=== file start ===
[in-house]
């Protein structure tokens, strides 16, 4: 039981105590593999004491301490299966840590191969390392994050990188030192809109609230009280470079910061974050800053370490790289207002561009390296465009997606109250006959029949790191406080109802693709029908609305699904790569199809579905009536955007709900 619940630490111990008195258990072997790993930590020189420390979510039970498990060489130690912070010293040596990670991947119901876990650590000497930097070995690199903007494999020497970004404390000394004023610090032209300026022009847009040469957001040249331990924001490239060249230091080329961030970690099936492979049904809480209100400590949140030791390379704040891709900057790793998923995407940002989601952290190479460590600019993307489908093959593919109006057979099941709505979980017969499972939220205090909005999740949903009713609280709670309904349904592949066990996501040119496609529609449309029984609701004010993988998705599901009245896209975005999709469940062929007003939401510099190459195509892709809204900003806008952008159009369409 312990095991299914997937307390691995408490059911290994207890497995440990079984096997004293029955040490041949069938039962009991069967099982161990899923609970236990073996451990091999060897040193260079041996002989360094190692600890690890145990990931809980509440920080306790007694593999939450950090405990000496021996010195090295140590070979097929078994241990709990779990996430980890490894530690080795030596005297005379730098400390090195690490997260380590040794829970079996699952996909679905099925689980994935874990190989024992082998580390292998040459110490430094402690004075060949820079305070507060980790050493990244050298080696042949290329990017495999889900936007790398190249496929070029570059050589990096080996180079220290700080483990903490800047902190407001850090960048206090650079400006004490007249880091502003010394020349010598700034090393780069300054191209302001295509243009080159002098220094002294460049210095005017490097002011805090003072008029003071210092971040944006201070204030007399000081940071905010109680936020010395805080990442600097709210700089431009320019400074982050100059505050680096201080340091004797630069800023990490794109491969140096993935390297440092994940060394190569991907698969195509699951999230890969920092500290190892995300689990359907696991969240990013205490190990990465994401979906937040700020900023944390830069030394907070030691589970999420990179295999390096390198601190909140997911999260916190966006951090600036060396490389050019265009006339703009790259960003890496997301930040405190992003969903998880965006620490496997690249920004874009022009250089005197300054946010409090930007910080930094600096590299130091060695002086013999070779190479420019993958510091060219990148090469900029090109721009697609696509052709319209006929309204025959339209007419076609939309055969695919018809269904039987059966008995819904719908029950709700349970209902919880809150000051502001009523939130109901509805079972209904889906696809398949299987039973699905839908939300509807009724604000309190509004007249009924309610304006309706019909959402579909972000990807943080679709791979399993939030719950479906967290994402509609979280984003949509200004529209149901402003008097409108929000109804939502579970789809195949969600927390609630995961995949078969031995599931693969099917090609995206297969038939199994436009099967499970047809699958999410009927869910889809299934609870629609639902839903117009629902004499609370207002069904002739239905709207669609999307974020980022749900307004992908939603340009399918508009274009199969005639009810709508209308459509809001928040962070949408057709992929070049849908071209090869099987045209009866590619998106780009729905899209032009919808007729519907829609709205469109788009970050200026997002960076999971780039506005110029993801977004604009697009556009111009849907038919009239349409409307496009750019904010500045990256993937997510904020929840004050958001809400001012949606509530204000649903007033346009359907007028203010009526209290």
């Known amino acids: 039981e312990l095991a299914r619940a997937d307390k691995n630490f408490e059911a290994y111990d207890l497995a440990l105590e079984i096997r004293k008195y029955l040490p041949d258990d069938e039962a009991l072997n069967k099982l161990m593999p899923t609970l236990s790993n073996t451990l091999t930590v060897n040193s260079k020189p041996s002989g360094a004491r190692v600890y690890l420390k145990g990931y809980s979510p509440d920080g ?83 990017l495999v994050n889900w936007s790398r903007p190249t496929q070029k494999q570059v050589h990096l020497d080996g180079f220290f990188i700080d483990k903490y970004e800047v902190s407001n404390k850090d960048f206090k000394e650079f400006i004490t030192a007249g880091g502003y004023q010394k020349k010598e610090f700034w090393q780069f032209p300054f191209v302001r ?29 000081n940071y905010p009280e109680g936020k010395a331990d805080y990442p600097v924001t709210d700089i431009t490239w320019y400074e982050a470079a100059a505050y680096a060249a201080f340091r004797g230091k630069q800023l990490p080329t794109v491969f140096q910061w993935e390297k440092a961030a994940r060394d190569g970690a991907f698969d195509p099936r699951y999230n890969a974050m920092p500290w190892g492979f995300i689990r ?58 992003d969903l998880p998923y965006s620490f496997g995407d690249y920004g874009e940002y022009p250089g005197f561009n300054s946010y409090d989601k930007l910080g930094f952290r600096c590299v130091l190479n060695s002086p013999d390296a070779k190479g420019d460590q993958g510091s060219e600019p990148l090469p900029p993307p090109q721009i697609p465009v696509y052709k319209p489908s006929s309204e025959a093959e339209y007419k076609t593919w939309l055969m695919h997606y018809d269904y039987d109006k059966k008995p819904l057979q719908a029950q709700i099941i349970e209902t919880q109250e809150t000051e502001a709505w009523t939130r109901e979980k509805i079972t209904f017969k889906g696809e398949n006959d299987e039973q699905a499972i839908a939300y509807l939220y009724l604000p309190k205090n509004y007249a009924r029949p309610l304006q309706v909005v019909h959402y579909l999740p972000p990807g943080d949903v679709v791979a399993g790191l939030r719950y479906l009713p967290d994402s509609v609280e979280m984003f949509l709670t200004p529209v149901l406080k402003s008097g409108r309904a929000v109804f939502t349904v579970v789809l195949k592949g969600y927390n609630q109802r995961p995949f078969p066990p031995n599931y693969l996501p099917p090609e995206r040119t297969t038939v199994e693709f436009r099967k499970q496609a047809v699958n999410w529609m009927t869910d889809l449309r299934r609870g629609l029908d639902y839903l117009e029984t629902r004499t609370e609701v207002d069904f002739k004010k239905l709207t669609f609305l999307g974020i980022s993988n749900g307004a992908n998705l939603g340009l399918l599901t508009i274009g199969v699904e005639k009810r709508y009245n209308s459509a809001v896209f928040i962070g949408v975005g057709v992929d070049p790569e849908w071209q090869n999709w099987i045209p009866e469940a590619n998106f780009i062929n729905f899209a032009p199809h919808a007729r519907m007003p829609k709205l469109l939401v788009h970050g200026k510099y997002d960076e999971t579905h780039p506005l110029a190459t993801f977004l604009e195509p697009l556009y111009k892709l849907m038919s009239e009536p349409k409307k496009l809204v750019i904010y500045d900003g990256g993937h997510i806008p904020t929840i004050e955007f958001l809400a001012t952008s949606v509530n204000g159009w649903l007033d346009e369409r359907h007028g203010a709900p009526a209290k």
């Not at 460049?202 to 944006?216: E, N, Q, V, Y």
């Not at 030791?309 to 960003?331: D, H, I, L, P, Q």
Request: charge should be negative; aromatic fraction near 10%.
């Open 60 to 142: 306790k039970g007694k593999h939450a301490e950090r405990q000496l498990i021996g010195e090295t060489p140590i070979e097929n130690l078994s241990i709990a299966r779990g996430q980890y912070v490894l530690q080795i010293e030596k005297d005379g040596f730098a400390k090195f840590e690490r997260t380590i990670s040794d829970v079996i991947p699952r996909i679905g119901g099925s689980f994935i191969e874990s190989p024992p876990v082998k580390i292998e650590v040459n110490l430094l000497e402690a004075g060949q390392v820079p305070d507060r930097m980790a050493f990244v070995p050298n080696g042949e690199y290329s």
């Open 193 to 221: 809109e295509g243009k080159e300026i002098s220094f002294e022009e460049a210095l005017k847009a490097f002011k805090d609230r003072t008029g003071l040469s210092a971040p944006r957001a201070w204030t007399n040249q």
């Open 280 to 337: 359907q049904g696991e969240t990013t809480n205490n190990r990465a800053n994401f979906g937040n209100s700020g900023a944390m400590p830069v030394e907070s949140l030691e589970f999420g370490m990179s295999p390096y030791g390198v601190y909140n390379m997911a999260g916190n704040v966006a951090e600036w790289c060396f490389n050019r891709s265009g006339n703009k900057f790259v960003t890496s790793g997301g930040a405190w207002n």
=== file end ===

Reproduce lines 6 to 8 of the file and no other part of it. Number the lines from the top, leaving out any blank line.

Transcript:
Request: charge should be negative; aromatic fraction near 10%.
């Open 60 to 142: 306790k039970g007694k593999h939450a301490e950090r405990q000496l498990i021996g010195e090295t060489p140590i070979e097929n130690l078994s241990i709990a299966r779990g996430q980890y912070v490894l530690q080795i010293e030596k005297d005379g040596f730098a400390k090195f840590e690490r997260t380590i990670s040794d829970v079996i991947p699952r996909i679905g119901g099925s689980f994935i191969e874990s190989p024992p876990v082998k580390i292998e650590v040459n110490l430094l000497e402690a004075g060949q390392v820079p305070d507060r930097m980790a050493f990244v070995p050298n080696g042949e690199y290329s």
């Open 193 to 221: 809109e295509g243009k080159e300026i002098s220094f002294e022009e460049a210095l005017k847009a490097f002011k805090d609230r003072t008029g003071l040469s210092a971040p944006r957001a201070w204030t007399n040249q």